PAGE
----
Named for the mythical youth who died after flying too close to the sun, the Japanese spacecraft Ikaros is poised to breathe new life into space exploration. Ikaros is the first successful solar sail, using the physical pressure of sunlight to propel a huge, thin film the way that wind pushes a conventional sail at sea.
The craft was launched in May and spread itself fully open the following month. “The solar sail was shining in the dark of space,” says project leader Osamu Mori of JAXA, Japan’s space agency. “It was very beautiful.”
Solar sailing is a decades-old idea that, until now, nobody had been able to harness. Japan’s success is reinvigorating the field. The Planetary Society, which lost a sail in a 2005 launch accident, is building a new one scheduled for launch in 2011. Scientists at NASA and the European Space Agency are revisiting their designs as well.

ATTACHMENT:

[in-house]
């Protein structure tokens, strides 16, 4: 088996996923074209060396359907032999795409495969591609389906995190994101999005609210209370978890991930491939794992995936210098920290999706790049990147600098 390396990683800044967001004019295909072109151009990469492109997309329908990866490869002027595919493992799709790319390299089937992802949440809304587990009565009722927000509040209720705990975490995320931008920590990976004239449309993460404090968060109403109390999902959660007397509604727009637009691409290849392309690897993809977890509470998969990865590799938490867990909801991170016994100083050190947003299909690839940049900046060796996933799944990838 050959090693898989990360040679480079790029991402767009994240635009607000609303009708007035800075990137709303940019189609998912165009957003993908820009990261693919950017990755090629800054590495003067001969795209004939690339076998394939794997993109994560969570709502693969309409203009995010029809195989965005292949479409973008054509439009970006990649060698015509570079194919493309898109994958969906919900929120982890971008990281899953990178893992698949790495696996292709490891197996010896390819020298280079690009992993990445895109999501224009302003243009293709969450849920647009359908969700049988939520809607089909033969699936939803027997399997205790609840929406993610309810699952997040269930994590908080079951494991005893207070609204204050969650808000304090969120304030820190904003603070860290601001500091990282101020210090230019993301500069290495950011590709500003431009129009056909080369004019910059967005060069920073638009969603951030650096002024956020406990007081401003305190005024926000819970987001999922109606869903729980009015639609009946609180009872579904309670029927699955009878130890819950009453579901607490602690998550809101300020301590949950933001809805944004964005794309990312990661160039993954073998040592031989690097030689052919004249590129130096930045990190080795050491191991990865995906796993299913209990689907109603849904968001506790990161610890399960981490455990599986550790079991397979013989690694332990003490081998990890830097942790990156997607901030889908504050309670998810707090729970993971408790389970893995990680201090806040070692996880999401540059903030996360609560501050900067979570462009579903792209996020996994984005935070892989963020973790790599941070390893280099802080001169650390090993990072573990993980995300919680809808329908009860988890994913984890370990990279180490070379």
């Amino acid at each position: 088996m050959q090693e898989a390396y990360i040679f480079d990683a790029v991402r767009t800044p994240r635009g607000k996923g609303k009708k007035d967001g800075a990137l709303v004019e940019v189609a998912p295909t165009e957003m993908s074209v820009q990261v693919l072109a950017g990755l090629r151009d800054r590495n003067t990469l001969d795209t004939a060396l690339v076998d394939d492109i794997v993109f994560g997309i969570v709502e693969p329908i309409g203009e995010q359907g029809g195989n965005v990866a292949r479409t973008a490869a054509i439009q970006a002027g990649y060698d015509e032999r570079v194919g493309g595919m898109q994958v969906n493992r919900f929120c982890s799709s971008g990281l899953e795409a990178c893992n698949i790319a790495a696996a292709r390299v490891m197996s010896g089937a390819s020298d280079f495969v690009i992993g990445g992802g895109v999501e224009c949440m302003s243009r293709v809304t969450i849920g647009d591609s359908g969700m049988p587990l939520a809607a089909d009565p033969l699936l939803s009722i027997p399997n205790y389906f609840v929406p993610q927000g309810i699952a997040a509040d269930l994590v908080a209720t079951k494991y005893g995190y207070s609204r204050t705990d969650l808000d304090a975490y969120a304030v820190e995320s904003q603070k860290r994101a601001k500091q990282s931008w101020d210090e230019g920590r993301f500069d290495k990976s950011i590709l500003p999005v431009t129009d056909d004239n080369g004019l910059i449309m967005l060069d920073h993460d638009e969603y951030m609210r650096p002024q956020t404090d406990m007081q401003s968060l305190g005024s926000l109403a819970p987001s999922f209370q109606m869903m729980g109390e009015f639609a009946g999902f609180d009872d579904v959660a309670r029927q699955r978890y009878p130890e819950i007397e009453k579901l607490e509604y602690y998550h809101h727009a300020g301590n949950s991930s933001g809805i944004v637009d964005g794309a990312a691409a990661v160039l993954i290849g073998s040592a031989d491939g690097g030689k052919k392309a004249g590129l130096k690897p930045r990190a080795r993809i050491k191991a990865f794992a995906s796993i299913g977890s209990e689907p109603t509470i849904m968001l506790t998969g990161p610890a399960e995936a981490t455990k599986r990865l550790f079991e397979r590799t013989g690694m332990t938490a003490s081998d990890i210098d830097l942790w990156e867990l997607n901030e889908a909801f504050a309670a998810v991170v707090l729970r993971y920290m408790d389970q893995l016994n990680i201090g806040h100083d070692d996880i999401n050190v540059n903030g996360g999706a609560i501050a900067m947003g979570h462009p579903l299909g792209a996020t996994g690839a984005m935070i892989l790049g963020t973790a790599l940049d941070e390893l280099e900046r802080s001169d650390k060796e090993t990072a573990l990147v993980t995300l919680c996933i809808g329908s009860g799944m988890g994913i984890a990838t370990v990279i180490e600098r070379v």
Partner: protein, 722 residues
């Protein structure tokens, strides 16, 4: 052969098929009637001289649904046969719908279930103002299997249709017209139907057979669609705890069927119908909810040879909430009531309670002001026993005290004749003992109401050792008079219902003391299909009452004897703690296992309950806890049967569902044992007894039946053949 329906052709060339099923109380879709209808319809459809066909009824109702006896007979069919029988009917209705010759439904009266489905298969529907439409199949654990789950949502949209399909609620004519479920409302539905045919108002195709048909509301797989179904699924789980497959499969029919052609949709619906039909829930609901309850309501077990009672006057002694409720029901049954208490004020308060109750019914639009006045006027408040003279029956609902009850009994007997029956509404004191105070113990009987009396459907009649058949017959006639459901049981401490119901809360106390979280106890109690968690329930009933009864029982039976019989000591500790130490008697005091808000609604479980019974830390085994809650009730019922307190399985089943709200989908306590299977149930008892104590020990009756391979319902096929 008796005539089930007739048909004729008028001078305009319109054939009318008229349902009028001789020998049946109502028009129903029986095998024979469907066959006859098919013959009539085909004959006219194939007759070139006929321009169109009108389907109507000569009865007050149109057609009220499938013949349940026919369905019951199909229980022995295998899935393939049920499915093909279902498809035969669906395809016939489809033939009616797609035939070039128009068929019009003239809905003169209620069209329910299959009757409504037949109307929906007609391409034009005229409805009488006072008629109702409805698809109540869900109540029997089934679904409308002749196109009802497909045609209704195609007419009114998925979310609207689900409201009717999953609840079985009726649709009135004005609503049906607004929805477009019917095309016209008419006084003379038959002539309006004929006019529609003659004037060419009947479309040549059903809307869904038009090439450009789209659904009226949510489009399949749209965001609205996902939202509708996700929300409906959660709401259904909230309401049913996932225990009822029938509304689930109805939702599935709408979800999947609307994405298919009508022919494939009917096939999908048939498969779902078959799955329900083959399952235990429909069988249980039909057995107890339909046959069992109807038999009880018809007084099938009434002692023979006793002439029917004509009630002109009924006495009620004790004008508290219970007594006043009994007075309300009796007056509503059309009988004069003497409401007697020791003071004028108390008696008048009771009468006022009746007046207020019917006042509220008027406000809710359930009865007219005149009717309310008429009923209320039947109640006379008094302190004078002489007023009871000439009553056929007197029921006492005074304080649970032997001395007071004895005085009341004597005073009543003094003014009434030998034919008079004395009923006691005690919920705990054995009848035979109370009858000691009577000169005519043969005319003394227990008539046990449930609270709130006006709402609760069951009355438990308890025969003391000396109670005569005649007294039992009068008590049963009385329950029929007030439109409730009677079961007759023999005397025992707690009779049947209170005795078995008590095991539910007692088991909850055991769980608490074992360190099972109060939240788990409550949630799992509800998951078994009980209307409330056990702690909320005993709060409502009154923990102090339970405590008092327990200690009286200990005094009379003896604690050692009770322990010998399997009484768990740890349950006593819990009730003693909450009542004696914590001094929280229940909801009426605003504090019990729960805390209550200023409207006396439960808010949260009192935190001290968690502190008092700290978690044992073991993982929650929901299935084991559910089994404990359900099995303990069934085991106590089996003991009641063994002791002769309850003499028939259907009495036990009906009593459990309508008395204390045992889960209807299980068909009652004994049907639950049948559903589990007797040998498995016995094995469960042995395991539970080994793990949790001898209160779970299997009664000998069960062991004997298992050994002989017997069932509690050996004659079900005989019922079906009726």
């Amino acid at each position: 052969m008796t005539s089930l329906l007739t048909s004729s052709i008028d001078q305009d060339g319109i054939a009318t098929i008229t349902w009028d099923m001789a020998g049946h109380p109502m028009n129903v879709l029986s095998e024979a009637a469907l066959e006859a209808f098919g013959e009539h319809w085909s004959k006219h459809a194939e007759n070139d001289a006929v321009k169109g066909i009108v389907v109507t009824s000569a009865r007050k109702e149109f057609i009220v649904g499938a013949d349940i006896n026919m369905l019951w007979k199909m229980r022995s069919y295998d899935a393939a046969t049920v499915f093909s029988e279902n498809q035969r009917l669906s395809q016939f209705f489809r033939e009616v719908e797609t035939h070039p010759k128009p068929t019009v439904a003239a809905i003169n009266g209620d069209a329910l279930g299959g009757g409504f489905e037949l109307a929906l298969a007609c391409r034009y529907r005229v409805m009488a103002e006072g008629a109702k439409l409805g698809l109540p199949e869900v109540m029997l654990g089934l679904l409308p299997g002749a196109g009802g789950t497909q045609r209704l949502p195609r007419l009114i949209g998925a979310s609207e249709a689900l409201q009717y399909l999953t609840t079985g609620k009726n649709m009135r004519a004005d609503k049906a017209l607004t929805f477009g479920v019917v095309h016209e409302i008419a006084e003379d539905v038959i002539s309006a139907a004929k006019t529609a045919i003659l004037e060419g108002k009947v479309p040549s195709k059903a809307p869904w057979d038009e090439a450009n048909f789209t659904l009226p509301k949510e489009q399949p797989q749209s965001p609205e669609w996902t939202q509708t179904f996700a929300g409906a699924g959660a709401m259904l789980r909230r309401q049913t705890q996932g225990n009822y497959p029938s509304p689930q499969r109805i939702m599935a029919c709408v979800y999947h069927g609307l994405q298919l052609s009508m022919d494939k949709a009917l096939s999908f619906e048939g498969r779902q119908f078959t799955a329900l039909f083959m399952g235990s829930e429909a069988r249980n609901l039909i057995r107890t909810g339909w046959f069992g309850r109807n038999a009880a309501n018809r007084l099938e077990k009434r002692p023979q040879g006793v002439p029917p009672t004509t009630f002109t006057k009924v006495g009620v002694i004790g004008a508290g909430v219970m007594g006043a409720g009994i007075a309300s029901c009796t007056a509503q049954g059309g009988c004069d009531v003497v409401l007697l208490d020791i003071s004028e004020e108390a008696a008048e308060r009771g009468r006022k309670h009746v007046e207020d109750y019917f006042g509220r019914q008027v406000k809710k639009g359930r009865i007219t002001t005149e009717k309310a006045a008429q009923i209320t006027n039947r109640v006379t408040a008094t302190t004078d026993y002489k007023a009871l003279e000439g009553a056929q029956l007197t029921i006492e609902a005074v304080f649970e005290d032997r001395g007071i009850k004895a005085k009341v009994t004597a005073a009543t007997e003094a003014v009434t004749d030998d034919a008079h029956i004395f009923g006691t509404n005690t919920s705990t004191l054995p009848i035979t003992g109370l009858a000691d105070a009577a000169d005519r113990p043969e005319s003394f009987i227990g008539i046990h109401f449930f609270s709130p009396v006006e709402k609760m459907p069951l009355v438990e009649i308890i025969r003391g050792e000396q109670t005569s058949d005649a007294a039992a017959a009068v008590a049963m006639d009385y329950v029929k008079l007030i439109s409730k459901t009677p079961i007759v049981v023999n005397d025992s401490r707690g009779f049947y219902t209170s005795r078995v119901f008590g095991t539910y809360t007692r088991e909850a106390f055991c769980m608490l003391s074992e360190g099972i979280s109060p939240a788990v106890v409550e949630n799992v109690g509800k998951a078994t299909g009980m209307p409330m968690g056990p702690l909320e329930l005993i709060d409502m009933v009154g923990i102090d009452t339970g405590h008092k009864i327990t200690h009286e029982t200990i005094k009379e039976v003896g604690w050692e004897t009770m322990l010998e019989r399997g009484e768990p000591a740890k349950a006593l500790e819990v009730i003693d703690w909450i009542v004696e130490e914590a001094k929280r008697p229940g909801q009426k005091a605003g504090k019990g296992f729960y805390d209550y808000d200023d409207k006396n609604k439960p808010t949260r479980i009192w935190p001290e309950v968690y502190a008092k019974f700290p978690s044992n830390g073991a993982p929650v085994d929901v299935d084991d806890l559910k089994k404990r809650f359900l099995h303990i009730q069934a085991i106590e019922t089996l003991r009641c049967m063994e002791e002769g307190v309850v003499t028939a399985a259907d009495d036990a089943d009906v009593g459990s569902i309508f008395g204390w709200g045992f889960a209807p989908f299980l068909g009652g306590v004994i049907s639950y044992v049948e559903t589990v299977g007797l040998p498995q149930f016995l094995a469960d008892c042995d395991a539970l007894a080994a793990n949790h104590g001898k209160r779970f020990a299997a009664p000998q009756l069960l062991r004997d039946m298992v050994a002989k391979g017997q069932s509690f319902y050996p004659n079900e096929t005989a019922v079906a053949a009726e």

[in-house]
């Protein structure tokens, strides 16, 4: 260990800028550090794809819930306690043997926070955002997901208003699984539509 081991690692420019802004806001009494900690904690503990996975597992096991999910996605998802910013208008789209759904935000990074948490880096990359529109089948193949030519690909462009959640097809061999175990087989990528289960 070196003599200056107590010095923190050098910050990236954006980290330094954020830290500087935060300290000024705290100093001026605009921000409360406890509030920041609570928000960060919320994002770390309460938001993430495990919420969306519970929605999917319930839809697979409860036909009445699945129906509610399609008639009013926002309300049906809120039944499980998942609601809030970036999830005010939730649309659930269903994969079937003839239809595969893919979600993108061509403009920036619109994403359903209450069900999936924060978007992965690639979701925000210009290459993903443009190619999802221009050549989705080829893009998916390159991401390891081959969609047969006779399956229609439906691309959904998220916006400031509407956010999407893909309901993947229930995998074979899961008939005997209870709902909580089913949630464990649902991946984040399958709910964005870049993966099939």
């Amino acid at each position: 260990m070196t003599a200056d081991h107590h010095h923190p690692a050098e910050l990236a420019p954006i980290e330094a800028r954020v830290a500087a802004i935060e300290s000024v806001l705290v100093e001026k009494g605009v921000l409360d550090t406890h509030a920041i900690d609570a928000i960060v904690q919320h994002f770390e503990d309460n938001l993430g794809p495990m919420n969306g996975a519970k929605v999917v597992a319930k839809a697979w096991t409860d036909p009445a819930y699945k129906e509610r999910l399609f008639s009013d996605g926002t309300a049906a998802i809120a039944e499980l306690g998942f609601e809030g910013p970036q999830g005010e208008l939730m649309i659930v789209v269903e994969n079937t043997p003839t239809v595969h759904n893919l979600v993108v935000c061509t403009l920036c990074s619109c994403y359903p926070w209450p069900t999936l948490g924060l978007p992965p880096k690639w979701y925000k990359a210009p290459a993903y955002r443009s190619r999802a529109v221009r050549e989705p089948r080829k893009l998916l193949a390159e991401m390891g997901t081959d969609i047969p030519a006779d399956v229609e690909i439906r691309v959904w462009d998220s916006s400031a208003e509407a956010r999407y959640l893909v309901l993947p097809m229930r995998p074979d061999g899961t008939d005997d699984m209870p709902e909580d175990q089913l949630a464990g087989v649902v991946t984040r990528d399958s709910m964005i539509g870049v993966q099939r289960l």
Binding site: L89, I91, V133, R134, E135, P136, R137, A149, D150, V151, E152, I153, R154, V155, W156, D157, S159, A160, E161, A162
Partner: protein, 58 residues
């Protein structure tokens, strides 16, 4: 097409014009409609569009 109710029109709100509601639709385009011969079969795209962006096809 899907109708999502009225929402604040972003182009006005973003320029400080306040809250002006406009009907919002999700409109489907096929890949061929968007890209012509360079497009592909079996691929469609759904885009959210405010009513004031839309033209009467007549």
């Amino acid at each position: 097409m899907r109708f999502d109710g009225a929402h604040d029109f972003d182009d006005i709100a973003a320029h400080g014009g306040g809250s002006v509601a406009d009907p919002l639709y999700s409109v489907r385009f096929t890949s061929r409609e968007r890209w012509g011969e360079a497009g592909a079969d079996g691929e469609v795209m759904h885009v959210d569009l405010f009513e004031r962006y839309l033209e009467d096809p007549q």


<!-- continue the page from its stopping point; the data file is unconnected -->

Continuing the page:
The idea is enticing because solar sails can navigate through space without any fuel, making them ideal for lengthy round-trip missions, says Bill Nye, director
of the Planetary Society. Someday a huge space-based laser could even push a sail to another star system. “You could drive all over the universe with the momentum of photons,” Nye says.